Where is the evidence of the Indian state or society actively discriminating against Muslims when it comes to access to education and skill development? I am not denying that there are some Hindus here and there with a discriminatory mindset (and while two wrongs never make a right, there are such people of many communities across the globe, not to speak of discrimination among Indian Muslims themselves on sectarian, gender and linguistic lines – for example, since the 1980s, in Aligarh Muslim University, professors who are not Sunni men don’t practically have equality of opportunity as those who are, and in the Deoband Madrasa, South Indian and Gujarati Muslim clerics often have a tough time owing to the UP-Bihar lobby), but Indian Muslims, even in rural areas, often study alongside Hindus in the local schools. While some have suggested that Muslim-majority areas are particularly backward as compared to Hindu-majority areas, it is easy to carry out a study only of a certain section of the society and point to its woes as though those woes are exclusive only to that section and not the nation as a whole, and interestingly, a study in Uttar Pradesh revealed that regions which were backward in terms of girls’ toilets were also, in general, backward in terms of infrastructure (including boys’ toilets), for which the local panchayats/municipalities and the state government are to blame, which negates the allegation of a specific gender bias, and likewise, another such study on access to schools can negate the allegation of communal bias, and my acquaintance Mr. Shams Tabrez from the Bhagalpur district of Bihar tells me that some Muslim-majority villages in his district are better developed than some Hindu-majority villages. Shehzad himself, in another piece for the Indian Express, has pointed to “a report” that shows that “40 per cent of all Muslim concentration areas lack hospitals and schools” (which implies that 60% are not lacking in schools and hospitals), mentioning no corresponding data pertaining to Hindus, who in the developing country that India is, certainly don’t always have convenient access to education and health care. Of course, not having access to basic facilities is a sad state of affairs for a large section of the Indian population, and should be a matter of concern for every right-thinking Indian, but this most crucial issue for India is certainly not religion-specific. As of 2006, Muslims actually even fared better than Hindus when it came to literacy in several states.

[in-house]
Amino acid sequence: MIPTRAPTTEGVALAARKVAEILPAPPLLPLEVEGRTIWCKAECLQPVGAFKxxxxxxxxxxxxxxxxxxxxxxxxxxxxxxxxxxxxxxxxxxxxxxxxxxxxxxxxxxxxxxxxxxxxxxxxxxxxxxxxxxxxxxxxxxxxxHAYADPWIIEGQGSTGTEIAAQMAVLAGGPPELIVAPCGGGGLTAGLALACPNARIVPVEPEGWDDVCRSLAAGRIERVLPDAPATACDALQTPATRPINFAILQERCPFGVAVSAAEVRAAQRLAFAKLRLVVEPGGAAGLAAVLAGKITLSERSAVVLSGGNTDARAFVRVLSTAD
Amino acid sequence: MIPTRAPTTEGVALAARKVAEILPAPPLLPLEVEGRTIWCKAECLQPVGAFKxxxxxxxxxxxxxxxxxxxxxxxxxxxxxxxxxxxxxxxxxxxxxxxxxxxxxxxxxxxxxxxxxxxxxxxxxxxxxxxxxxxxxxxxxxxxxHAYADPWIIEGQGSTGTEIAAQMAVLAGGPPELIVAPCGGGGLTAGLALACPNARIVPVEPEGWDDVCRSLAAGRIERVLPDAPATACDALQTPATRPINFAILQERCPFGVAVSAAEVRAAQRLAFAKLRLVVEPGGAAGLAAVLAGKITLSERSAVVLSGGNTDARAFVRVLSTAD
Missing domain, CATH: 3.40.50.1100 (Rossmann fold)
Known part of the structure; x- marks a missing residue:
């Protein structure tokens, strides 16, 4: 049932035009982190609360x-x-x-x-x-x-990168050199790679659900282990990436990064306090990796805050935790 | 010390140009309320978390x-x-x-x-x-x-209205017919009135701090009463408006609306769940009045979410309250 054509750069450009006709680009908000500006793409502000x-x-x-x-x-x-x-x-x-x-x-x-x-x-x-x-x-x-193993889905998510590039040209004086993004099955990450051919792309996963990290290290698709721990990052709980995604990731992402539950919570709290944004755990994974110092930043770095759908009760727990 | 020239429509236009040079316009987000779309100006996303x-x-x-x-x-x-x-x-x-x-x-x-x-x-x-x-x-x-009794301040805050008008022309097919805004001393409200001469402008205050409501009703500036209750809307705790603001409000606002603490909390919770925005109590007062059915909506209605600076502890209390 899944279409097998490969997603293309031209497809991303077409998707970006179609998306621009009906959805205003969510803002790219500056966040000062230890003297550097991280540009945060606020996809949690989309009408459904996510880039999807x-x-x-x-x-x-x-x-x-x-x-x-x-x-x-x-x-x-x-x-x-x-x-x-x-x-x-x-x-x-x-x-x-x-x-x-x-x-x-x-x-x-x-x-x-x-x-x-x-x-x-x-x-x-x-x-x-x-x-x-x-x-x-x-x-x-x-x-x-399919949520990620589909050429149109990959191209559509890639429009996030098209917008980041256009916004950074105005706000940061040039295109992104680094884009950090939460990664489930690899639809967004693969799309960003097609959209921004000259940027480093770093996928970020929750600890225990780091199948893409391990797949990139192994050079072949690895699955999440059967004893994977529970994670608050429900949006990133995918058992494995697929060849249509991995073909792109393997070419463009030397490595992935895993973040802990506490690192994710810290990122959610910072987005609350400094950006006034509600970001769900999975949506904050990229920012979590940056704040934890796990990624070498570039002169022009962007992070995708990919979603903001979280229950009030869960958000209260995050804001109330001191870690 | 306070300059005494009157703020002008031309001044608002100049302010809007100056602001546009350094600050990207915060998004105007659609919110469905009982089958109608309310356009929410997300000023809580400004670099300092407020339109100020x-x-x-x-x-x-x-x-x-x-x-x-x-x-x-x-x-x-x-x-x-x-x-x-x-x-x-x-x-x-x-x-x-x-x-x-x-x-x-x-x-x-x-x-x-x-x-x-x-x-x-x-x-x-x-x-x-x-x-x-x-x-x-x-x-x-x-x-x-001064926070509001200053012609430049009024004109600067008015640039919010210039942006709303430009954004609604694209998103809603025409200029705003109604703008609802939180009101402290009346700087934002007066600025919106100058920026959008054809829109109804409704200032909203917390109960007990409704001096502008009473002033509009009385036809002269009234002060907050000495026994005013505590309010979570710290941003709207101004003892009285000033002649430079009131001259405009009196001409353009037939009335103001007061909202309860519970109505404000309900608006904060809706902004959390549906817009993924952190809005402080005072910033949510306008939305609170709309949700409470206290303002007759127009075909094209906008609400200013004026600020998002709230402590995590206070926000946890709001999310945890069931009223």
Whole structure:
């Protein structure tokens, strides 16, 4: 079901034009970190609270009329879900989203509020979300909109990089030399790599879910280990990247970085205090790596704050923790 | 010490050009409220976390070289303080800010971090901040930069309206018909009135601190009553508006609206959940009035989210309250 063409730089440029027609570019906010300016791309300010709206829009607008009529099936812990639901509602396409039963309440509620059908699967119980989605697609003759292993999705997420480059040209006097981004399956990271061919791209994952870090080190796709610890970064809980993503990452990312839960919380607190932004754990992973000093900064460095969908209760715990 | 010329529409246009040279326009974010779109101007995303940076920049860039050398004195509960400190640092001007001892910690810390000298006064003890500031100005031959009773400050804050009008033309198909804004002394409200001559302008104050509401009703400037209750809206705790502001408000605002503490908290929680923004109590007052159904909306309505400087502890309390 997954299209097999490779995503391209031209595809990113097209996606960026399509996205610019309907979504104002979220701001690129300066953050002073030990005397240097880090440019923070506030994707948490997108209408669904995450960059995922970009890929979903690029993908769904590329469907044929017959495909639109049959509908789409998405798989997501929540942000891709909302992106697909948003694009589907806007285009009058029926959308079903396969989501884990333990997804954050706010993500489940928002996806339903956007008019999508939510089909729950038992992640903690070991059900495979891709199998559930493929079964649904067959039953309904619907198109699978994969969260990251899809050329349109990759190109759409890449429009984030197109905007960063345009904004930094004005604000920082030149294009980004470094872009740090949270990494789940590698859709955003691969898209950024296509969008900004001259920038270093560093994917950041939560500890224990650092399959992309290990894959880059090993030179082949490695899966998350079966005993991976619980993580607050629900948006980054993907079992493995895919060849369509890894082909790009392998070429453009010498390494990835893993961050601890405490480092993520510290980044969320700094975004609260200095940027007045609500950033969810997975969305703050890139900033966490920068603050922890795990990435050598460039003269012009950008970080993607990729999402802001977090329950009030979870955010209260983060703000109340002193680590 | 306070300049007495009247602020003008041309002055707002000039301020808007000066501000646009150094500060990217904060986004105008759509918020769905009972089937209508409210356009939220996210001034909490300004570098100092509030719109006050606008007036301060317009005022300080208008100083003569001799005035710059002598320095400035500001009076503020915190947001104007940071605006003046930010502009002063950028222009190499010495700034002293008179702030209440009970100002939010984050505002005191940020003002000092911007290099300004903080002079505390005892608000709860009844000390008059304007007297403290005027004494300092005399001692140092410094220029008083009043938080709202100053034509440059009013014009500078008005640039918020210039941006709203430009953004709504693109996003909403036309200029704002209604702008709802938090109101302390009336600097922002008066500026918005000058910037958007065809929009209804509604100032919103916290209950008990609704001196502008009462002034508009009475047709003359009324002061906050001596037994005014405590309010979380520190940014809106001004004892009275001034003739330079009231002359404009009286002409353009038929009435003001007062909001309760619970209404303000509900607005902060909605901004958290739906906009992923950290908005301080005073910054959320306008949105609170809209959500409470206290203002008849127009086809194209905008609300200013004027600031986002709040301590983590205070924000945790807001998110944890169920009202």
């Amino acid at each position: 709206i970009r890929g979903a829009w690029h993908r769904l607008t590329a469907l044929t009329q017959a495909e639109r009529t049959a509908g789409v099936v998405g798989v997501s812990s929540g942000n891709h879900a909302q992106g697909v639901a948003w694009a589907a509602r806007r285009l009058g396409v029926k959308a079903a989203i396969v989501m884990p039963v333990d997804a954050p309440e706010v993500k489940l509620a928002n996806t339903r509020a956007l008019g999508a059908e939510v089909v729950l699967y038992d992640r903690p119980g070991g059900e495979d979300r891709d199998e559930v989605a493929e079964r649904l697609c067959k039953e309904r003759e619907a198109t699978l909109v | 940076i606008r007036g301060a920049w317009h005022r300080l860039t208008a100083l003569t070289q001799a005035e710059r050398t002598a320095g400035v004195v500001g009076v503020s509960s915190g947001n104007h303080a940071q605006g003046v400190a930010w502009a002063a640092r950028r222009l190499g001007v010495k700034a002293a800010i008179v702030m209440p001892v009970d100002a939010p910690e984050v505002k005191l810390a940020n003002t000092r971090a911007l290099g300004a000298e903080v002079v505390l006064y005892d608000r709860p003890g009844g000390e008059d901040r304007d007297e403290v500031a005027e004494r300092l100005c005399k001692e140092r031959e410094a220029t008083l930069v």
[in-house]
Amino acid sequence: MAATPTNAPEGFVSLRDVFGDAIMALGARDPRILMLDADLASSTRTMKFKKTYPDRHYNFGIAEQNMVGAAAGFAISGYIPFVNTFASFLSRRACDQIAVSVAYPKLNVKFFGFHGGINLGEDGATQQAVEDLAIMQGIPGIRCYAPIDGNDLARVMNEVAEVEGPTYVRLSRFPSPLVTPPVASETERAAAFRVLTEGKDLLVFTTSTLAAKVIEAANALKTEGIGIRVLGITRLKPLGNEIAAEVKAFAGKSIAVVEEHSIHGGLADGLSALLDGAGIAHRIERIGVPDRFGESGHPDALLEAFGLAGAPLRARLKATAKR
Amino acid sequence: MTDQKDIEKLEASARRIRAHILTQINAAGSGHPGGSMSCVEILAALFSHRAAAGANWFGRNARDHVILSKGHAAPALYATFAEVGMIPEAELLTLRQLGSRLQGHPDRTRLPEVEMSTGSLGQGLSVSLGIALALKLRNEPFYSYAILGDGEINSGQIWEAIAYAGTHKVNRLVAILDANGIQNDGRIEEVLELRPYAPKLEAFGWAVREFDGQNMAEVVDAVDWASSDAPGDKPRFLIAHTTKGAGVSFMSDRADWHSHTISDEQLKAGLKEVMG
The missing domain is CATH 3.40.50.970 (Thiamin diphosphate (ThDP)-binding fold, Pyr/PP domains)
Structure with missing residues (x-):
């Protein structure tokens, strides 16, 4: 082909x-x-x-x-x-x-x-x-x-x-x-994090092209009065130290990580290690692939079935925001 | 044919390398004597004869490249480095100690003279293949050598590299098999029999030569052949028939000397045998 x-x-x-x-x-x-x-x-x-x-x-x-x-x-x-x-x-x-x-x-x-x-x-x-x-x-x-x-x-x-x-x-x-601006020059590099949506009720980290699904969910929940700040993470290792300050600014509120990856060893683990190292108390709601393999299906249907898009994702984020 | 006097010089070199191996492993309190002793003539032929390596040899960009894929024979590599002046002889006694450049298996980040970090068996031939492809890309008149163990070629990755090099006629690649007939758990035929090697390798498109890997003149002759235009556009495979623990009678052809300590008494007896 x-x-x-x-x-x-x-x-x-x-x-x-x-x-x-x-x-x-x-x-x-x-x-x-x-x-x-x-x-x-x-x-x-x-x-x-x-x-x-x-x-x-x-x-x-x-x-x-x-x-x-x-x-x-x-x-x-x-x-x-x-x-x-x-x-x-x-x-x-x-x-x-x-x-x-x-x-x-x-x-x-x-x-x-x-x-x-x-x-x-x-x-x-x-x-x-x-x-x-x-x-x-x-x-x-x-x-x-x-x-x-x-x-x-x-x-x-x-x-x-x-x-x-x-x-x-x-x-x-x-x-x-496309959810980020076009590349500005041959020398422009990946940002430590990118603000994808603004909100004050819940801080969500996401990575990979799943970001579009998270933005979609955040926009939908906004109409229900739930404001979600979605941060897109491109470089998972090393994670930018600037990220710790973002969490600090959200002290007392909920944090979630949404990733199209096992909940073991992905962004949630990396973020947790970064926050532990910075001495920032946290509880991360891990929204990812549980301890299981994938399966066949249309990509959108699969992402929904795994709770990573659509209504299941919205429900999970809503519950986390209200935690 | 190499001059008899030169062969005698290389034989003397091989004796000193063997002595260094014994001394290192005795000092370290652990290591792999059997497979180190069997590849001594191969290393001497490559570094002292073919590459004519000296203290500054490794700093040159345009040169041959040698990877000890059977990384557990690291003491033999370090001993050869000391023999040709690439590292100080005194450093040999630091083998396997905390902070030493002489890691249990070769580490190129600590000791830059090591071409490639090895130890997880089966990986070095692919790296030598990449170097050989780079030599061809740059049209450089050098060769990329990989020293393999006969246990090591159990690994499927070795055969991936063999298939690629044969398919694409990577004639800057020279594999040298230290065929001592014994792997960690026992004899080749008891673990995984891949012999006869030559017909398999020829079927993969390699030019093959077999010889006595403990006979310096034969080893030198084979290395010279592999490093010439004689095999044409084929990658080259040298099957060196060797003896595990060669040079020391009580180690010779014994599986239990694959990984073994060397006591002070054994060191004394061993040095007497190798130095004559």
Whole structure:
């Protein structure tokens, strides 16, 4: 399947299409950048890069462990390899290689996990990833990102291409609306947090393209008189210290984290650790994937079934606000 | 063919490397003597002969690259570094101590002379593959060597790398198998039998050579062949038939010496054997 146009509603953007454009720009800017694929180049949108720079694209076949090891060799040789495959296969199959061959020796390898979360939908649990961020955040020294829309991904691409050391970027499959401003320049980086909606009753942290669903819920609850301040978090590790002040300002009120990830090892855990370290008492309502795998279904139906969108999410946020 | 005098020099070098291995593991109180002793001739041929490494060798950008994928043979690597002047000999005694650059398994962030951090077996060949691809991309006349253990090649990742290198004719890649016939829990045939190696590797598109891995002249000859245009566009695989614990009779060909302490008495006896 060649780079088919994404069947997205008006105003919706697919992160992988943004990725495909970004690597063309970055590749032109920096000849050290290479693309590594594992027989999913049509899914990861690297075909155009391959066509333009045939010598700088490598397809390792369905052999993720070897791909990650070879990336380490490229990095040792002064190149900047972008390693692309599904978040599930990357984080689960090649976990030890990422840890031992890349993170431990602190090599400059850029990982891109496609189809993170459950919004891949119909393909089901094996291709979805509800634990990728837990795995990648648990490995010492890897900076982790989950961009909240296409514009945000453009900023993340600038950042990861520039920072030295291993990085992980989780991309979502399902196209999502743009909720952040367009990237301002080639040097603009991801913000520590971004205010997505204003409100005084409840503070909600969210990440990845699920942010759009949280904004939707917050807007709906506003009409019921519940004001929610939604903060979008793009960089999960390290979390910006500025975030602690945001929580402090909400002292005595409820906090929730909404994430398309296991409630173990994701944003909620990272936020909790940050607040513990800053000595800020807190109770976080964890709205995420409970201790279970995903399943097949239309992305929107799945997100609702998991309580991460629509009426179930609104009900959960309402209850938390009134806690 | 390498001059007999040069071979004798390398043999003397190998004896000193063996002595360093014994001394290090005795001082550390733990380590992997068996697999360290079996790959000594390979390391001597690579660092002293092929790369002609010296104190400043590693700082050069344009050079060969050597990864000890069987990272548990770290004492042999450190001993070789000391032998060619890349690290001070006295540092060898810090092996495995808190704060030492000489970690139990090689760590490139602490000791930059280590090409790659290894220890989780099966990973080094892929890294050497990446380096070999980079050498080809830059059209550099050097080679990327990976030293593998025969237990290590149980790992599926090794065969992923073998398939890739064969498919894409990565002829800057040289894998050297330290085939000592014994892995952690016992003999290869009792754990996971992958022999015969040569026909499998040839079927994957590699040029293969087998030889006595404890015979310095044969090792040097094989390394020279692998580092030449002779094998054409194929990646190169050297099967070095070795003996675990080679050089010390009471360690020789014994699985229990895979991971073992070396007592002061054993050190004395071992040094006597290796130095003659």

I may also mention that some point to the migration of financially elite Muslims to Pakistan at the time of the partition as the reason for Muslims’ backwardness, but that is a flawed argument. For one, the partition riots were indeed horrendous and no one should be forcibly displaced, but the migration occurred on both sides. Further, even had many more financially well off Muslims actually stayed back, while Muslims may not have statistically been as backward on an average, how would their staying back have necessarily helped the genuinely economically backward Muslims? While I am not a votary of Hindus helping only Hindus, Muslims helping only Muslims and so on, what have the rich Muslims in India particularly done to uplift their poor co-religionists for us to imagine that more of them staying back would have helped the impoverished Indian Muslims? Some even blame Nehru’s land reforms for making those erstwhile zamindars of UP and elsewhere, who were Muslims, worse off, but that fate was suffered by zamindars all over India (as beautifully depicted in the movie Lutera), most of whom were Hindus. Even many non-leftists agree that the zamindari system was a historical injustice and land reforms were necessary to undo the same.